Don't you think that your ideas, that ten or twenty years ago certainly possessed quite an energy and breaking-barrier character, are surpassed today and that have lost their biting? I don't care about the past. I keep on going my way.
Caption: John Cage smiles
What are your next projects? I'm writing etudes from solo violin. On May 13 in Turin, you will hear the first sixteen, dedicated to Betty Freeman, an American patron who had commissioned them. I'm currently writing sixteen more pieces. There will be no way to perform some of them. Or maybe there will be, with the synthesizer perhaps. It's a challenge.
What is your relation with tradition? What do you mean?
Before us, there have been composers that we must deal with. I follow tradition. I follow Schoenberg's works, because I was a student of his, more than Stravinsky's. I like Erik Satie.
But Schoenberg never let chance into his work. That's true, but he had an omni-comprehensive musical mind; for him, there were infinite solutions to certain problems, like counterpoint.
He recalls some episodes at Schoenberg's school, where he was impressed by the charismatic personality of the maestro. What does it mean for you to write music? It means making some questions: each time the answer changes.
What are your musical preferences? Now I like Mozart. He's better than Bach.
Why? Because he aims at multiplicity, which interests me more than uniqueness.
Very kind, mild, with a pleasing smile, Cage sips tea at five, as he stares delighted at the pouring rain. He salutes me after pointing out that in his discourse he bans any word related to power and that his music is not dominated, as I had erroneously hazarded, but only facilitated by chance. And so will be in his next experiments with computer.
(from La Stampa Sera, n°123, Monday, May 7, 1984, by Enzo Restagno)
Yesterday, at 9.35pm, John Cage walks on the stage of Teatro Alfieri: a worn out jeans outfit is dressing the agile and lanky figure of music's enfant terrible, who was born in Los Angeles seventy-two years ago and who is now in Turin for a festival dedicated to him that will last a couple of weeks.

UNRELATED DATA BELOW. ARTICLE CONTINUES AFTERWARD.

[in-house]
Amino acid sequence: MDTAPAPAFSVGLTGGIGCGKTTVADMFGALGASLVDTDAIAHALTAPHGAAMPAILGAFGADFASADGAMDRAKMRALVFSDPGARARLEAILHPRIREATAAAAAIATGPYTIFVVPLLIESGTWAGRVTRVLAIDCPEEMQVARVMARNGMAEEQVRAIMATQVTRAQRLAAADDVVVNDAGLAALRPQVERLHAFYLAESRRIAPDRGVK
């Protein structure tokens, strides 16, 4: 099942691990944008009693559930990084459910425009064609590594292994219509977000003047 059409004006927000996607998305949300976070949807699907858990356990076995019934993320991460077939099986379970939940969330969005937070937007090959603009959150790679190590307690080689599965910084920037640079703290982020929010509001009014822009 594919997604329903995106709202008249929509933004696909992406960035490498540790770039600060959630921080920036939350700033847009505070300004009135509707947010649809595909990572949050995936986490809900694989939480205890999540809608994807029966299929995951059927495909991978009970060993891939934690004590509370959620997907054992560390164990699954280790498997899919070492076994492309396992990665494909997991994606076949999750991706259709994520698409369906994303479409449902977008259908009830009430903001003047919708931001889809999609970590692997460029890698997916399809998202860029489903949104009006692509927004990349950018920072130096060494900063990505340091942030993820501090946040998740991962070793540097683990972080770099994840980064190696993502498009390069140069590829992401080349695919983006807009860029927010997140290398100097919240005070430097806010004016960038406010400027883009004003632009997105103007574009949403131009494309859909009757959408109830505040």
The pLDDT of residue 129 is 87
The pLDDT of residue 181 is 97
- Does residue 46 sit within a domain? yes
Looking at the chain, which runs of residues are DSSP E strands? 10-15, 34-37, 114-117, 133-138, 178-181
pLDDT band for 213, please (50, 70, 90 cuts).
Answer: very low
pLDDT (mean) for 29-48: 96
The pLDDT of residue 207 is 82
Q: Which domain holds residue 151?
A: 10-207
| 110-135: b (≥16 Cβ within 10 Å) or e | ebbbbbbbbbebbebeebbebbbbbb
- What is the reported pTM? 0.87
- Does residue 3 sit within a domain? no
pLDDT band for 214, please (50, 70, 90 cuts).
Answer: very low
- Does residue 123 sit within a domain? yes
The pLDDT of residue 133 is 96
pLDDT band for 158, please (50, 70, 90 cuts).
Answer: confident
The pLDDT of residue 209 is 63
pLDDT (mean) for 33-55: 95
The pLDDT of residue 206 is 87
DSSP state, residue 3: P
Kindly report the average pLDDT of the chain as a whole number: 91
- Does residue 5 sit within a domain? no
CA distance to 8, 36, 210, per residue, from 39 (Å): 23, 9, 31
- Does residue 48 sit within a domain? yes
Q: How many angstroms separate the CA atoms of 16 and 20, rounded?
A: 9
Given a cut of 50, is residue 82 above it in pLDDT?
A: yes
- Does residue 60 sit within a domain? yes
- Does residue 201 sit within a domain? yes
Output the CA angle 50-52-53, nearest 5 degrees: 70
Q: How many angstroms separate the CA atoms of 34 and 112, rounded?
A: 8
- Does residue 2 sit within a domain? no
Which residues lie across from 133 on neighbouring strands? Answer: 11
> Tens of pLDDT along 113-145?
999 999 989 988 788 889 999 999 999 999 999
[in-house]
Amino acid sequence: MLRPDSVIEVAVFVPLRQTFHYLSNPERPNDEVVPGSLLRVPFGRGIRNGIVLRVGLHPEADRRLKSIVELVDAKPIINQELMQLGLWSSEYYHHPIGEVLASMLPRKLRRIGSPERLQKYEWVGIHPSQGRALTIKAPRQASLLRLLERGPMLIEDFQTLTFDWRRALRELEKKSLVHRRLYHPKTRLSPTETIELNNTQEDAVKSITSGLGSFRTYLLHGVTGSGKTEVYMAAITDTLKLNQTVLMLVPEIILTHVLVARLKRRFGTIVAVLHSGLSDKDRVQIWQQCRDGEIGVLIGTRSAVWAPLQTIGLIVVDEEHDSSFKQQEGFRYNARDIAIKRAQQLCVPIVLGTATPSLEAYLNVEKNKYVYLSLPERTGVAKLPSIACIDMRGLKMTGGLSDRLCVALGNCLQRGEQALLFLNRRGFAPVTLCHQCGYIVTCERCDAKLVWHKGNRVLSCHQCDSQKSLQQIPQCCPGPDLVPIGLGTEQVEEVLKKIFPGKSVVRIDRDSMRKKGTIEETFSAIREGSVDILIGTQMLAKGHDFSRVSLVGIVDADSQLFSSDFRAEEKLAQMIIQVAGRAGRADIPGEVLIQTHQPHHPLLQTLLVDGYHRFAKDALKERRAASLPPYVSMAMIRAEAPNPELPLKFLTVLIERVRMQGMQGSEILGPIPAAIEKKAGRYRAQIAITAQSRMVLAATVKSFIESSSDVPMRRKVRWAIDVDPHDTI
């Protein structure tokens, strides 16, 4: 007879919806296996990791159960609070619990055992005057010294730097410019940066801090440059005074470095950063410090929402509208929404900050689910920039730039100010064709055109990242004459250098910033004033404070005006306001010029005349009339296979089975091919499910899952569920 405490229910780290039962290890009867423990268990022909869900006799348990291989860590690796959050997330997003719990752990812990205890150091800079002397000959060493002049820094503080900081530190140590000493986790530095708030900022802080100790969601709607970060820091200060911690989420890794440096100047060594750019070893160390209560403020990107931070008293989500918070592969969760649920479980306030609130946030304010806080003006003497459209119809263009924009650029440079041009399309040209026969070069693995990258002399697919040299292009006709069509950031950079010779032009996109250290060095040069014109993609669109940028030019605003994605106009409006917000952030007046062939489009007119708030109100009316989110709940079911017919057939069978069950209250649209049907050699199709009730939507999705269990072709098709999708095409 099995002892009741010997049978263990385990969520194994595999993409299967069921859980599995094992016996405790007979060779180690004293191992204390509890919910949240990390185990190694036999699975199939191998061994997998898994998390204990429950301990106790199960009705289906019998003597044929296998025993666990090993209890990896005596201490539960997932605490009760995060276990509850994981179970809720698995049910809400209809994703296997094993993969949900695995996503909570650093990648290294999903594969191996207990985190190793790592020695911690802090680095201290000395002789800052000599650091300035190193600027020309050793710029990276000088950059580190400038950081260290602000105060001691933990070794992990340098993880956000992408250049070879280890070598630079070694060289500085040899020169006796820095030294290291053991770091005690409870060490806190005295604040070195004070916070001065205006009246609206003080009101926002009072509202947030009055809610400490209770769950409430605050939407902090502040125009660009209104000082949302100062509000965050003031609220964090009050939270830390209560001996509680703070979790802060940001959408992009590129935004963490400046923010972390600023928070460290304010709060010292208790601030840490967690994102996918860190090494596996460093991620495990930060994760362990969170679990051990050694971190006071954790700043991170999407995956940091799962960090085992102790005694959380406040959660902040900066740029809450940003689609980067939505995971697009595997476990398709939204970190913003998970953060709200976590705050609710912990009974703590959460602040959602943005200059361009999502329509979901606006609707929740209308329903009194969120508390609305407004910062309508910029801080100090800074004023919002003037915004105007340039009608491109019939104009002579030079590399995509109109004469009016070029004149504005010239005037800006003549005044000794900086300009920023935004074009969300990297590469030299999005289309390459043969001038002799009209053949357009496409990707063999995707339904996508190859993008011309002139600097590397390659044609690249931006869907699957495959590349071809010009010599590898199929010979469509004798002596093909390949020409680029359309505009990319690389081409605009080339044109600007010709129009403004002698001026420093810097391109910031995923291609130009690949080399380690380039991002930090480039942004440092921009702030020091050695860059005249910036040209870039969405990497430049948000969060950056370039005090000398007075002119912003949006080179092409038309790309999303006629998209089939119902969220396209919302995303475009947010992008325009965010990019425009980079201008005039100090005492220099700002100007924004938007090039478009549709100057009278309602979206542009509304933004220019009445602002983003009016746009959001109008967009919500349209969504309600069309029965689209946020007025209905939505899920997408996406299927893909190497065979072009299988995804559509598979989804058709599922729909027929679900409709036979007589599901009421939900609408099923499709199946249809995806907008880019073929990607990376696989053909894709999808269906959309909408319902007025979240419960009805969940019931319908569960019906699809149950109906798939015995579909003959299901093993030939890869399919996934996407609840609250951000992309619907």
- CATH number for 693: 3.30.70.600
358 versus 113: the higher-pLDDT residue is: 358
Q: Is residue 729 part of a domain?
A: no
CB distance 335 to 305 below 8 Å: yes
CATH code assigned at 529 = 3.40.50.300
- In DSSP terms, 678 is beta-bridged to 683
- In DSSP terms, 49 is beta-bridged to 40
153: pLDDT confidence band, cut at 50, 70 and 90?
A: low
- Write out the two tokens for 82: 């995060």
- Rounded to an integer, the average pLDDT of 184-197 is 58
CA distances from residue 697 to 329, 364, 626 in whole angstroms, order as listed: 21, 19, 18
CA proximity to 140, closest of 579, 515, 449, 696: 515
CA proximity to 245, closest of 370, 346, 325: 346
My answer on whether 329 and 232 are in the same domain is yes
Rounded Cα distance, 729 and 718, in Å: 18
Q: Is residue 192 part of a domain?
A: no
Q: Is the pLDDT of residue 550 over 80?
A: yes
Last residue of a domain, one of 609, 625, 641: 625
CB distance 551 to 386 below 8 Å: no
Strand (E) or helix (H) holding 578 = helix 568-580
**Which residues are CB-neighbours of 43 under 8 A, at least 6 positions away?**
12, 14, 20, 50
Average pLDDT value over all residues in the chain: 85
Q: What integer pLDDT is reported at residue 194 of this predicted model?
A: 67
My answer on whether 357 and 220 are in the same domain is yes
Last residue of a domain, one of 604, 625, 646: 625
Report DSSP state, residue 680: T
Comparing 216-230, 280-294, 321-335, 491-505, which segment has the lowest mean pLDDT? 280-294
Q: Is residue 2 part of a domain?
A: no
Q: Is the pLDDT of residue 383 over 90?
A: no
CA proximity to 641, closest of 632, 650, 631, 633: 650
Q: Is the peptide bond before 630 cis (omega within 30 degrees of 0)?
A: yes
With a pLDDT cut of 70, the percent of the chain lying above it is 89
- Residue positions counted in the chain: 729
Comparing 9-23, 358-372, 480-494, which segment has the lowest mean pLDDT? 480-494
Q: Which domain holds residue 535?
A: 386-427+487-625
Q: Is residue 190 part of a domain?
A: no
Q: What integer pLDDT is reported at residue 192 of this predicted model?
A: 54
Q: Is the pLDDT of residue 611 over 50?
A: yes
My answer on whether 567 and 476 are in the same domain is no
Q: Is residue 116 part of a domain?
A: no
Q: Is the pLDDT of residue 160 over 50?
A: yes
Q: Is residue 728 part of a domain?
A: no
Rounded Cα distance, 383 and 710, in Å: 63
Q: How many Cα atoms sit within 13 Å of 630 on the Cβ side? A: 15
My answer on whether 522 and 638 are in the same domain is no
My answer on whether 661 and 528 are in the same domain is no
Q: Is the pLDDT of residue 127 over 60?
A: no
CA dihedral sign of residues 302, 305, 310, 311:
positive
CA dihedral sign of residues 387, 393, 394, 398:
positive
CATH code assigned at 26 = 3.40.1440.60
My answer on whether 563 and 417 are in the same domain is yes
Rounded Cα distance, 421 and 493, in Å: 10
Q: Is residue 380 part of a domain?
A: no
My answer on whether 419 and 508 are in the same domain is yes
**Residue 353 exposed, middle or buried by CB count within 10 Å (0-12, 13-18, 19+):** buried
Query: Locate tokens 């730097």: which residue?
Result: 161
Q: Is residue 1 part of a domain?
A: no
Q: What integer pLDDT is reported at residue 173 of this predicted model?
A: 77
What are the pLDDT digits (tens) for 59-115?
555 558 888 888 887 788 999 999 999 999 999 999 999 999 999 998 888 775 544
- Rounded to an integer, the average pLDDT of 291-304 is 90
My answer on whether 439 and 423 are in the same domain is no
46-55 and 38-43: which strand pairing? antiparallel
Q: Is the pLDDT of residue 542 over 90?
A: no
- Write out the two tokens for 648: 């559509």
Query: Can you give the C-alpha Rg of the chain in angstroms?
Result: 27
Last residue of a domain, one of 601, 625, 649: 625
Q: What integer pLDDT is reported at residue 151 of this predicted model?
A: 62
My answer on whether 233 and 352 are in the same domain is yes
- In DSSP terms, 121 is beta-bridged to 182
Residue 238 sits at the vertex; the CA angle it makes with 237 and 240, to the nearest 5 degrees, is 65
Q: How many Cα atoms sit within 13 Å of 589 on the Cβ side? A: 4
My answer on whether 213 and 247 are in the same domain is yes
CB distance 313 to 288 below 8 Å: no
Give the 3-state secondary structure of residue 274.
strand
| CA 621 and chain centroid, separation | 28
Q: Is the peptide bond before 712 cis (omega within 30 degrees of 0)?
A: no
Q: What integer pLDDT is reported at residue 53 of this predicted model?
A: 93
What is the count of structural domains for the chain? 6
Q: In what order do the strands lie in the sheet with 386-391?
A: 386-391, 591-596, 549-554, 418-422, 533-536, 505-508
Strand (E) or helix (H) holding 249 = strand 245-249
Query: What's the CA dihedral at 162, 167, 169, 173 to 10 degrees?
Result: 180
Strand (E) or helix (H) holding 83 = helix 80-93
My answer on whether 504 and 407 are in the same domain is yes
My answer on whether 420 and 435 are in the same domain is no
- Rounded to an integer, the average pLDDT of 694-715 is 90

The hall is packed and it was not easy to get in it: the promoters (Cabaret Voltaire and the cultural administrations) are visibly pleased. John Cage sits at a table on which a microphone is placed and opens a folder: it is the Italian premiere of his work Muoyce — whose title stems from the union of the words Music-Joyce – but knowing that the text comes from Finnegan's Wake text and recomposed into unintelligible phonemes does not matter much.
John quietly sings into the microphone without abusing its amplification: the tone resembles that of a Gregorian liturgy that could bump into any casual accident. The performance would exactly continue for one hour and forty-five minutes at the same pace, with no change of intensity; only some pauses are apparently randomly interspersed every now and then, but, on the contrary, they are carefully articulated with remarkable musical timing.
Caption: John Cage reading Muoyce at Teatro Alfieri
Some people in the audience know, some other don't know what will happen, so after fifteen minutes the first signs of impatience commence: mutters, meows, whispers; later some bolder dissenting outbursts begin: ironic, upset, swelling like a river which is about to flood.
The audience starts to protest: a girl that is noisily swirling a key-chain receives a slap on her face by an angry professor and this causes an argument. Someone, relaxing after the cuddling rhythm of that interminable lullaby, thinking about the East of which John is a disciple and reassured by this idea, peacefully unwinds into his seat. Others, not too many, stand up and go away, whereas the majority stays to experiment to the very end the ferocious violence provoked by such a mild voice, that discreetly penetrates every disapproval.
Few times we admired Cage as Saturday evening. His ability to orchestrate nothingness, to extract some reactions from that sort of pneumatic void into which the spectators are imprisoned, is stunning. That monotone chant, meaningless but implacable, morphs into a giant mirror on which the shadows of the audience banalities, the inarticulate vulgarities of the swears and the disorganized protests are flowing magnified.
The hero of negativity, who once disquieted the ministers of structuralism in Darmstadt, still has very sharp nails. His impact on the destiny of contemporary music is an already well ascertained fact, but before triviality, impatience and all forms of aggressiveness that come to life by means of incomprehensible sounds, he will always stand as a protagonist.
(from La Repubblica, Tuesday, May 8, 1984, by Patrizio Gerus)
Who knows if John Cage has ever seen in the center of an American town a gigantic billboard with his face and name on it, like the one that has been recently placed in Piazza Castello in Turin. American musicians are usually warmly greeted in Europe and now Cage is guest of a two weeks festival between Turin and Ivrea arranged by Cabaret Voltaire, the Regional and Provincial Cultural Administrations, the Conservatorio (Music School) and the University, which welcome him in their halls for a series of meetings with their students.